Across the country, people are trying to take lessons from the devastation in Oklahoma.
Many are asking, "What would happen in our schools if a tornado hit?"
Minutes after Monday's monster tornado, school kids, confused and scared, emerged from a battered building. Seven others lost their lives.
Wednesday in Council Bluffs, the alarm sounds for a tornado drill.
School safety is one key issue emerging from the storm's destruction.
Kindergartner Tyler Stahl, and his classmates at Edison Elementary knew what to do.
“We had to go to the bathroom really fast, and then we had to put our heads down," he said.
For the kindergartners, the safest place to be is the bathroom.
“And all 20 of my kids, and me, we come in here, and we just sit down, we put our heads in our laps, with our hands over our necks,” said Bethany Hayes, Stahl's teacher.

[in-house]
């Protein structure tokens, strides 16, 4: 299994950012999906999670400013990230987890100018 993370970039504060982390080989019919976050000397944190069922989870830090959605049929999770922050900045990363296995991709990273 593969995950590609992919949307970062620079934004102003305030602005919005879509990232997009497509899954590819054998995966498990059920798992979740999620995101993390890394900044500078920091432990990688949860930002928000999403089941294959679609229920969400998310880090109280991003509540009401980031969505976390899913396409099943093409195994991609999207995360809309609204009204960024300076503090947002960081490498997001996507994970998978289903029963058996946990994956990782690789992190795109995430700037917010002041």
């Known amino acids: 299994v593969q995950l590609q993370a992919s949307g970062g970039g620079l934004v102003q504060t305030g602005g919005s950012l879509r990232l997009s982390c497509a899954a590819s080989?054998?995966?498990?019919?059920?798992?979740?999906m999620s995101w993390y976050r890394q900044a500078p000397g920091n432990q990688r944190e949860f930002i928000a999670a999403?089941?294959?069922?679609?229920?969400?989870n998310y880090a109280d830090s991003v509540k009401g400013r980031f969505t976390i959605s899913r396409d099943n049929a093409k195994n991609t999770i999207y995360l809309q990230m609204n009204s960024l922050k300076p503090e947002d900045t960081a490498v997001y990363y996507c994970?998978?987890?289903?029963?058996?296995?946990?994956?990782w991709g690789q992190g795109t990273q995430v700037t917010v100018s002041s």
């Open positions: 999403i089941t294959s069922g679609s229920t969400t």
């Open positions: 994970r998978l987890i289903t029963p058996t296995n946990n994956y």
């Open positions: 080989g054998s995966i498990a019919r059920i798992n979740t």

The other safe part of the school is the hallways.
In case any glass could be any danger, fire doors block the way.
“We've taken the approach of using our interior hallways, the restrooms, and the kinds of places that we have available in our current buildings where again, we can be as safe as possible during an event such as a tornado," says Diane Ostrowski, of the Council Bluffs School District.
Edison is one of many schools in Council Bluffs that's been renovated.
The process considered every kind of dangerous situation, including a tornado.
Experts determined with the resources available, those spots are the safest.
With regular practice, students understand how it works.
“If we were just learning, and if it just happened, we will get hurt, and so you have to be safe," says Stahl.
Never knowing when, but always being ready.
In Iowa, each school is required to conduct at least four tornado drills during the school year.
The only state regulations in Nebraska for tornado safety in schools are that a set of plans have to be in place at a local level. In addition, an expert has to review those plans each year.